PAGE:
The hairpin DNA can’t amplify properly during PCR and results in PCR failure.
DMSO binds to the DNA and prevents the reannealing of single-stranded DNA. It also facilitates the annealing of primer with a templet. Therefore, it increases the specificity and yield of the PCR reaction.
Generally, the GC content of the template DNA for PCR is between 45% to 52%. If the GC content is higher than the desired range use 5% DMSO in PCR reaction. 4% to 10% DMSO concentration can be utilized to optimize the PCR reaction.
Furthermore, the concentration of the DMSO in PCR depends on the type of reaction, the GC content of DNA and the quality of DMSO.
Interestingly, besides increasing specificity, it changes the DNA topology as well.
Recent studies on Plasmid DNA confirms that DMSO releases DNA supercoiling. Here, DMSO greatly induces topoisomerase I activity. The topoisomerases are the class of DNA enzymes that helps in relaxing DNA.
Therefore, it boosts the reaction specificity by relaxing the negatively supercoiled DNA. However, DMSO is already present in the PCR buffer but still, we can use extra DMSO if amplification is not obtained (mainly in high GC rich DNA).
Moreover, it is even useful in cell proliferation, inhibition and differentiation studies and as a crypto preservative as well.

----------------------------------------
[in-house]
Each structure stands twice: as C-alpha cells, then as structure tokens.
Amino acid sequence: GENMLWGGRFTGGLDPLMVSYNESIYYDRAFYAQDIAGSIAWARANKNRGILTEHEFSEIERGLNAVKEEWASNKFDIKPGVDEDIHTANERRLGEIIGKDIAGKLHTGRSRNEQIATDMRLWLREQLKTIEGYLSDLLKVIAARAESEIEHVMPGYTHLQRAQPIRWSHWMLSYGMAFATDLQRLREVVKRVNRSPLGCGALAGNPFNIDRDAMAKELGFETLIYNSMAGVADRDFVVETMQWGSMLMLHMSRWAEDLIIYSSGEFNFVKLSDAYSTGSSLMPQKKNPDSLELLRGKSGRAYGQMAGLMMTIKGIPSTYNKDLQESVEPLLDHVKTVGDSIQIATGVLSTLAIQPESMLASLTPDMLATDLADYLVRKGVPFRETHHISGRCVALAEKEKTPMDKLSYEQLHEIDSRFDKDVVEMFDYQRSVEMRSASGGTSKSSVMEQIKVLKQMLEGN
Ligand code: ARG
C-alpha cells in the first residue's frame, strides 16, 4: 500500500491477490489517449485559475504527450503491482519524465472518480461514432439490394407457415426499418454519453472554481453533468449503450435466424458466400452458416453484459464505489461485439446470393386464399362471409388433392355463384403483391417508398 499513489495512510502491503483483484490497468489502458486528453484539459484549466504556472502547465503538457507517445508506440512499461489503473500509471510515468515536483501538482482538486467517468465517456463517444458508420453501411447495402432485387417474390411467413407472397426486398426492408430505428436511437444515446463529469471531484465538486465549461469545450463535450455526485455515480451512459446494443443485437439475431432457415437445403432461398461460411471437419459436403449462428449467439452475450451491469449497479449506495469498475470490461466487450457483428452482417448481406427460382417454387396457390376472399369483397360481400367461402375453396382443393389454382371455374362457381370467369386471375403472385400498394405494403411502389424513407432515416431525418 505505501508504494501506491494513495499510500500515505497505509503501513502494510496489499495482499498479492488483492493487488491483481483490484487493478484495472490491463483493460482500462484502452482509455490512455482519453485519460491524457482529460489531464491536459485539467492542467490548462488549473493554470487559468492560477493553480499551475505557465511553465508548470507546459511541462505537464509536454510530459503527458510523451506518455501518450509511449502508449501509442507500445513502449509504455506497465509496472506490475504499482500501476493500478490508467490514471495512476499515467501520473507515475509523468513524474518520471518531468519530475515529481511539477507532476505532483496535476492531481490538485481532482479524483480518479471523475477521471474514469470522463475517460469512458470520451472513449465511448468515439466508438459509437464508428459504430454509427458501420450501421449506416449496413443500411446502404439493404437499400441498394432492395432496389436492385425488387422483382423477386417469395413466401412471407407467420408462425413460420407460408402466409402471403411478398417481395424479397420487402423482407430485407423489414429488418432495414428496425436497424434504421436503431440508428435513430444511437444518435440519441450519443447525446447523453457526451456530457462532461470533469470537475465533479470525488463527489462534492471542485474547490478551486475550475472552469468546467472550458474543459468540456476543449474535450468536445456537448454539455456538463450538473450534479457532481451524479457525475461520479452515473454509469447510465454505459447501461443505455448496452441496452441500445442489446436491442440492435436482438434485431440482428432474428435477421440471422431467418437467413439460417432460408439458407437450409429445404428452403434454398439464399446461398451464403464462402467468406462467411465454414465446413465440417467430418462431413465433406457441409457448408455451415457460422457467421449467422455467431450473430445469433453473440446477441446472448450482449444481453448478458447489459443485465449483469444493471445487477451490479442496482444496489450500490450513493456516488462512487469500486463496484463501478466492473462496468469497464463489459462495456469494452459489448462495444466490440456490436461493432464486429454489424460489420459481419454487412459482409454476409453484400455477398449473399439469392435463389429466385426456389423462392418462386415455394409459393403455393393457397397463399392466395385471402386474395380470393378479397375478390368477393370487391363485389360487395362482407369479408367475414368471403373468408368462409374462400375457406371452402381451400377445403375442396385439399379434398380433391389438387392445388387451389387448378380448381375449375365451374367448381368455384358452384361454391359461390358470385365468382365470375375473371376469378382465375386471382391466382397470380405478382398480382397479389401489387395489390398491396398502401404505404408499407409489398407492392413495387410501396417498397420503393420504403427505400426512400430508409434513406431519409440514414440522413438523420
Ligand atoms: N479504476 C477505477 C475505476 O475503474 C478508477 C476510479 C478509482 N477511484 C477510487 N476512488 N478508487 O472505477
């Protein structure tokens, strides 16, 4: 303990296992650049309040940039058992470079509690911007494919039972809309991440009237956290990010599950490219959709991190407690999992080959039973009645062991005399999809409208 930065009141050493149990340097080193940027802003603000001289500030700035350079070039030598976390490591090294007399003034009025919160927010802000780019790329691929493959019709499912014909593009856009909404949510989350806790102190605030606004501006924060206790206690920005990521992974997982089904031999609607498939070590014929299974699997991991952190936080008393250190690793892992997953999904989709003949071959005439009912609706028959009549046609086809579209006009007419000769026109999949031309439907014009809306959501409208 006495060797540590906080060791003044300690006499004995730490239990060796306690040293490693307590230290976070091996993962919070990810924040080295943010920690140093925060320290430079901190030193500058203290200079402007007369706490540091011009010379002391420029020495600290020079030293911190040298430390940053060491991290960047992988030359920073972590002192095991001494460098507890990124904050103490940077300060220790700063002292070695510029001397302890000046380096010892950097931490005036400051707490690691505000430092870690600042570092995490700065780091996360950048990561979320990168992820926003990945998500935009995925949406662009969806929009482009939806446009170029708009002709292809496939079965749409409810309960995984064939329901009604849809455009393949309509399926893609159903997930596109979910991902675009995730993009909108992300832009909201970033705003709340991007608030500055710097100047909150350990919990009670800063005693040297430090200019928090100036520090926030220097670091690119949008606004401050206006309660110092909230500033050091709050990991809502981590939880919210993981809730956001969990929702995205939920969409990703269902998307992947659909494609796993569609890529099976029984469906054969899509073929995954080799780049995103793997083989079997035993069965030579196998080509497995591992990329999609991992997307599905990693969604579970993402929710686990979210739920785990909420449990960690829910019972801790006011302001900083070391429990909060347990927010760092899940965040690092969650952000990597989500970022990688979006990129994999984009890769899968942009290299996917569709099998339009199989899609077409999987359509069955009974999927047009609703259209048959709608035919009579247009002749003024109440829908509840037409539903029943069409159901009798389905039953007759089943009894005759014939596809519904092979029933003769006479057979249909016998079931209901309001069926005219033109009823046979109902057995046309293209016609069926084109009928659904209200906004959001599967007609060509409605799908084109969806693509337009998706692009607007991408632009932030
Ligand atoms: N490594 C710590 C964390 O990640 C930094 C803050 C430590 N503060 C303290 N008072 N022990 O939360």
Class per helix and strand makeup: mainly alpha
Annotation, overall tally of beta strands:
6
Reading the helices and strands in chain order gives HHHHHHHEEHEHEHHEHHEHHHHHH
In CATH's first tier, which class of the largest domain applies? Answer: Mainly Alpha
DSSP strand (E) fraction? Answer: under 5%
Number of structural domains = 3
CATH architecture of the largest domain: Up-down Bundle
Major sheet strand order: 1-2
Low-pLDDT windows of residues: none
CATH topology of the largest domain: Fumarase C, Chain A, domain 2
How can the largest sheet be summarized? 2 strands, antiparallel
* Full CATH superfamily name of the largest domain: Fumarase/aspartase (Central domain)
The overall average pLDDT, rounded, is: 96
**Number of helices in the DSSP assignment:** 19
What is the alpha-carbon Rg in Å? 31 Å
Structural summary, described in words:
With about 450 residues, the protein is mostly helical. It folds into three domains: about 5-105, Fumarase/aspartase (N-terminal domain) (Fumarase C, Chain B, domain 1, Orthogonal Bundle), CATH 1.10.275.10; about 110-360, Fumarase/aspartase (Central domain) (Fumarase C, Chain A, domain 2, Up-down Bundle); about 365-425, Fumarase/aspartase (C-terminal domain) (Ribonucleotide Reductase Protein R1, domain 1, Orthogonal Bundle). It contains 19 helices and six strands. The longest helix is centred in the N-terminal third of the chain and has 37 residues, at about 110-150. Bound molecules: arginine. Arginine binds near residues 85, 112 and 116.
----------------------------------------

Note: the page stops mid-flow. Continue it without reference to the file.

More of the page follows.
Apart from these advantages, DMSO has one major disadvantage. Boosting PCR amplification is not always useful, as it increases the mispairing of bases. This causes mutagenesis.
An inappropriate amount of DMSO facilitates the flexibility to primer templet binding. Also, it boosts the activity of Taq DNA polymerase. henceforth, increasing the amount of DMSO induces mutagenesis during amplification.
Conclusively, it is not a good practice if you are sending the amplicons for DNA sequencing. So what is the exact concentration of DMSO for PCR reaction?
My ultimate guide for using DMSO in PCR:
You have to optimize your own reaction. Don’t worry I will tell you how.
If the GC content is more than 60%, it is considered as a highly sensitive reaction. You have to try three or four different combinations of DMSO for that. Ideally, use 5.5%, 6% or 7% of DMSO in three different reactions. Analyze the result and decide which combination is good for your reaction.
The addition of DMSO decreases the annealing temperature of the PCR reaction. So if you have two reactions at once. For example, one with annealing temperate of 60°C and other with 63°C by adding DMSO to the reaction of 63°C temperature we can reduce the annealing temperature of that reaction. Ultimately, we can run both reactions at the same annealing temperature of 60°C.
However, for doing this type of stuff, you need expertise and in-depth knowledge of ingredients. You have to run many different PCR experiments to master your PCR skills.
Remember, amplification is the first step of any experiment. you’ve to learn how to play with components, otherwise, every time you have to relies on ready to use buffers.
Our motto of writing this type of content is to give you some expert touch and boost your PCR skills.
DMSO is good for PCR. It decreases the melting temperature, increases the specificity, and prevents the secondary structure formation. Although, for DNA sequencing, it is not recommended due to int’s mutagenesis activity.
If you are amplifying DNA for sequencing, please prefer to use ready to use PCR enhancer buffer.